And no, the edible flowers in the photos are not irrelevant to this post. It may not feel like it but a reluctant spring is here. Happy first day of spring!

Chocolate & Coconut Chia Seed Mousse (v/gf)

Adapted from The First Mess

Serves 4

1/4 cup chia seeds (black or white)

1 can full-fat coconut milk (see note)

2 tbsp coconut butter (not coconut oil)

4-5 tbsp maple syrup, to taste

1/2 vanilla bean (or 1/2 tsp vanilla extract)

1/3 cup cacao powder

pinch of sea salt

toppings: raw sliced almonds, raw coconut flakes/chips

Process the chia seeds in a coffee grinder for about 20 seconds or until ground to a fine powder. Whisk and set aside.

In a large food processor, process the coconut milk, coconut butter, maple syrup, the seeds of one half of a vanilla bean, and a pinch of sea salt until lightly incorporated. Add cacao powder and process until completely smooth, scraping down the sides. 

Measure out 1/4 cup of the chia seed powder (you will have some left over) and add it to the food processor. Continue to process until the pudding is smooth and no clumps remain. Pour the mixture into individual ramekins or bowls. Refrigerate for a full 24 hours before serving.

To serve, toast a handful of sliced almonds and raw coconut flakes in a skillet over medium heat until lightly browned. Careful -- both ingredients burn easily. Top the chocolate mousse with the toasted almonds and coconut. Serve. 

Note: Use full-fat coconut milk - this does not work with light coconut milk (I tried). You can also purchase milled chia seed powder but I haven't tried it with this recipe and can't vouch for it. 


Chocolate Gin Truffles

by Maja Lukic


This post should surprise exactly no one.  That I would, inevitably, combine gin and dark chocolate at some point was in the cards as soon as I started this blog and set aside a special place to experiment with gin bottles and food. That these ingredients would actually come together in such a delicious way is a bit of a revelation, though. 

Brooklyn Gin is a recent discovery, by the way. I first tried it at a cocktail bar over the summer and it has quickly become a favorite sipping gin. It also happens to have one of the most stunningly beautiful bottles I've ever seen. But feel free to use any gin or any other spirit you like -- a good bourbon or brandy would be a respectable second choice. For the less decadent and dissolute among you, leave out the alcohol and substitute fresh citrus juice, nut milk, or water.  

Sure I believe in healthy, clean eating. But I also firmly believe in treating yourself to occasional indulgences -- a balanced lifestyle is a lot easier to sustain over the long run than an overly restrictive one. Treat yourself kindly is my philosophy. 

 And to be fair, aside from the (optional) chocolate coating and the inclusion of gin, these truffles are full of excellent, healthy ingredients as they primarily consist of dried fruit, nuts, and cacao powder.

Prunes are a bit of an unsung hero, in my opinion, and I am determined to rehabilitate them with these chocolates. Dates are universally revered for their sweetness -- and rightfully so -- but prunes are almost unequivocally disliked. Their unpopularity resulted in an official (and utterly ridiculous) name change -- to "dried plums."  It's more than a little unfair. Prunes have this awesome sweet and sour flavor; they're sweet and chewy but not cloyingly so. And they balance the alcohol and gin here far better than dates alone. More importantly, they're awesome from a nutritional standpoint: extremely high in antioxidants, a great source of vitamins A and K, and packed with dietary fiber (which you probably already know). Basically, what I'm saying is, prunes deserve some love, too.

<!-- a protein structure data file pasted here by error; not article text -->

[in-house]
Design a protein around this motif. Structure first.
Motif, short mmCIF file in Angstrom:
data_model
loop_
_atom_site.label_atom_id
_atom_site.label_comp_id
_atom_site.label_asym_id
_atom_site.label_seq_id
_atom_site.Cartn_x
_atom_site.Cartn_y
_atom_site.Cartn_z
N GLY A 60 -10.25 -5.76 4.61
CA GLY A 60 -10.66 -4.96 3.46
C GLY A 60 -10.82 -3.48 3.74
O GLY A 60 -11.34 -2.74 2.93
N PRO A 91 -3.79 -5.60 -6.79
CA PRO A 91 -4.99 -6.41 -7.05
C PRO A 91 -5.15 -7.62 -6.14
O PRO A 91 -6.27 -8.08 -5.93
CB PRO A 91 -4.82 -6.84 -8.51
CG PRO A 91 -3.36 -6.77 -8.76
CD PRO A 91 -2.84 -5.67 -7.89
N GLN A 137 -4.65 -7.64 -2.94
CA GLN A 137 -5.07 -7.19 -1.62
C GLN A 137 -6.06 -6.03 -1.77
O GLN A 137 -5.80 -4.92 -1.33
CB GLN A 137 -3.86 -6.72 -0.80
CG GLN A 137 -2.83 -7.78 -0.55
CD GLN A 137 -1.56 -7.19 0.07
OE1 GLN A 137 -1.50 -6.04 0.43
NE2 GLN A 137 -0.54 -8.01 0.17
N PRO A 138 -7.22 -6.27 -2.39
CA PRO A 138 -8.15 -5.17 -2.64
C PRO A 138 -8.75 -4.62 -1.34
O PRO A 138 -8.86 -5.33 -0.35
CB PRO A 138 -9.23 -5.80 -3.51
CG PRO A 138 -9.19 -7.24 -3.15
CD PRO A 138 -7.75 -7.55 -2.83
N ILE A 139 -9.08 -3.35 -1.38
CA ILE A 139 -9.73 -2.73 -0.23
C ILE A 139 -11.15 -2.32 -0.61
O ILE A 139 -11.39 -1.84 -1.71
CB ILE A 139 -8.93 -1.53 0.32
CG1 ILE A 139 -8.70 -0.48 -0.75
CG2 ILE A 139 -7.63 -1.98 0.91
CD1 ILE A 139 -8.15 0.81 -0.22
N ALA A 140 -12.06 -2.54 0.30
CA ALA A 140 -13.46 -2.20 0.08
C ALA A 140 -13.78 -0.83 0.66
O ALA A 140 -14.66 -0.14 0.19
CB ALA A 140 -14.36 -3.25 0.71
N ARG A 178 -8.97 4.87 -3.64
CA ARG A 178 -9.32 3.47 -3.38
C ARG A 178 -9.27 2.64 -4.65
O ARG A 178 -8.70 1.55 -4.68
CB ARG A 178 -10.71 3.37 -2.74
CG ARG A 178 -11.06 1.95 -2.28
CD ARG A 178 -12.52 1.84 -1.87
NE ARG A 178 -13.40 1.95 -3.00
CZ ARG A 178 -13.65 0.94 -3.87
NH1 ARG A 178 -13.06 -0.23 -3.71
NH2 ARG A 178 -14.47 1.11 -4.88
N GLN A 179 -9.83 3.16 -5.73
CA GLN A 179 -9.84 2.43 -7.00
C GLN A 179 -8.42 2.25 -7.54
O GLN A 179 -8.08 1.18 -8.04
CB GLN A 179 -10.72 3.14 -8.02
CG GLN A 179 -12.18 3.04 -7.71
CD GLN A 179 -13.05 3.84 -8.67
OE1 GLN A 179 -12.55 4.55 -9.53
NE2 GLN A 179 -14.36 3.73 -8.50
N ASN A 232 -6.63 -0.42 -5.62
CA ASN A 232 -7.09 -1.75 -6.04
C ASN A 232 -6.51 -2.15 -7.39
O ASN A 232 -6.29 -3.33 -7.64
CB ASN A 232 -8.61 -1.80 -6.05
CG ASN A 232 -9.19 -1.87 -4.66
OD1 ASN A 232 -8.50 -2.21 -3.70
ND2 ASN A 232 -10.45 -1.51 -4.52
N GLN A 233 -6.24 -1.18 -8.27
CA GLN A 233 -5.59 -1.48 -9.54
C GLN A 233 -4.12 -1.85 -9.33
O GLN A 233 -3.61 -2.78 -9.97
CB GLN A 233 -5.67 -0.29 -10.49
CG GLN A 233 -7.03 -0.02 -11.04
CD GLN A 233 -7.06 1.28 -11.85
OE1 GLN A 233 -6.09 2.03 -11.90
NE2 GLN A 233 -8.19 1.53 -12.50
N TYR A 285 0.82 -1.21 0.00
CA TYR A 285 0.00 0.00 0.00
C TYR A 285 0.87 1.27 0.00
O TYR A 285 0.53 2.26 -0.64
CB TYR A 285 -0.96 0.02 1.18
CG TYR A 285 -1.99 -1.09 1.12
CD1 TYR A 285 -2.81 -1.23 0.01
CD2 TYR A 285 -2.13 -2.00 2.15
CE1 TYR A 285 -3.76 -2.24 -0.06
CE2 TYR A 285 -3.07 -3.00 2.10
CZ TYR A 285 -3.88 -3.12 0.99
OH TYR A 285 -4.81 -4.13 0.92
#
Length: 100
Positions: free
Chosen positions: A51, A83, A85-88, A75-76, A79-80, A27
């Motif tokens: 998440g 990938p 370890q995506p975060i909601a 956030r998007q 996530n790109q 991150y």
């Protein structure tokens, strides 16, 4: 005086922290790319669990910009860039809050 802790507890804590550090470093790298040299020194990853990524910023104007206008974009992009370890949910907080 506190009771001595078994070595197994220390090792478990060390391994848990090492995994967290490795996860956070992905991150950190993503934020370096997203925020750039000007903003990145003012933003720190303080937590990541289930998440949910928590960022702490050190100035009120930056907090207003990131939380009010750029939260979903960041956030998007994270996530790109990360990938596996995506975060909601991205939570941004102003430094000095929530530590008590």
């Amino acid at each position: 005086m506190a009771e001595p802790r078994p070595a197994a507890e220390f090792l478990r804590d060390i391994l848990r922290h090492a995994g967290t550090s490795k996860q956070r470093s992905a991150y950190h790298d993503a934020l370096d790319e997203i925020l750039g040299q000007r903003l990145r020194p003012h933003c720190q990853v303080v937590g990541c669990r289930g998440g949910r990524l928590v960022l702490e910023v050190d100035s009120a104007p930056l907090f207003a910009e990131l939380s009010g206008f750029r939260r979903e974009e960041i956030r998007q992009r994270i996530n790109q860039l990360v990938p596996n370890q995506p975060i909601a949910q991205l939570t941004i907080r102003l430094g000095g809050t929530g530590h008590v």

One final note before I set you free: these truffles are technically gluten free. The National Institutes of Health’s Celiac Disease Awareness Campaign has characterized distilled alcohol as safe for individuals on a gluten-free diet even though it may be derived from gluten-containing ingredients (the distillation process removes the gluten proteins). However, if you're extremely gluten intolerant, use your judgment. 

That's it. Now go treat yourselves.  

Chocolate Gin Truffles

Makes approx. 32 truffles

8-9 organic Medjool dates, pitted (approx 1. cup) 

1 cup organic prunes (dried plums)

1/3 cup unsweetened desiccated coconut

1/2 cup whole raw organic almonds

1/4 cup organic cacao powder

1/2 tsp vanilla extract

1 tbsp organic maple syrup

1 1/2 oz. gin (see Note) 

1 tbsp water

sea salt

For rolling: melted vegan dark chocolate or cacao powder

Toast the almonds by spreading them out on a sheet pan and roasting at 350 F for about 10 minutes. Or, toast the almonds in a large skillet over medium height until fragrant and lightly browned. Set them aside to cool for about 10 minutes.

Toast the coconut in a skillet over low heat and watch it carefully. The fine coconut shreds can go from a beautiful golden brown to burnt in a matter of seconds.  

Add dates, prunes, almonds, and coconut to your food processor and pulse 10-15 times to break up the ingredients. Add in the cacao powder, vanilla extract, maple syrup, and pinch of sea salt, and process until the dough starts to come together. With the motor running, drizzle in 1 oz of gin and 1 tbsp water. Continue to process the mixture until the dough easily sticks together. (If it seems too crumbly, add in more water, a teaspoon at a time, until you reach the desired consistency). 

Move the mixture to a bowl and chill in the fridge for at least 30 minutes to set. Roll teaspoon-sized chunks of dough into little balls. Dip them into melted chocolate, set them on wax paper, and then place in the fridge for about an hour while the chocolate hardens. Alternatively, roll them in cacao powder. (They're also very delicious plain). 

Note: Again, I used Brooklyn Gin but you may substitute any other alcohol. For an alcohol-free truffle, use water, fresh orange juice, almond milk, coconut milk or coconut water. You can totally skip the roasting process above if you prefer to consume nuts/seeds in their raw state. 

*Recipe quantities edited March 16, 2014.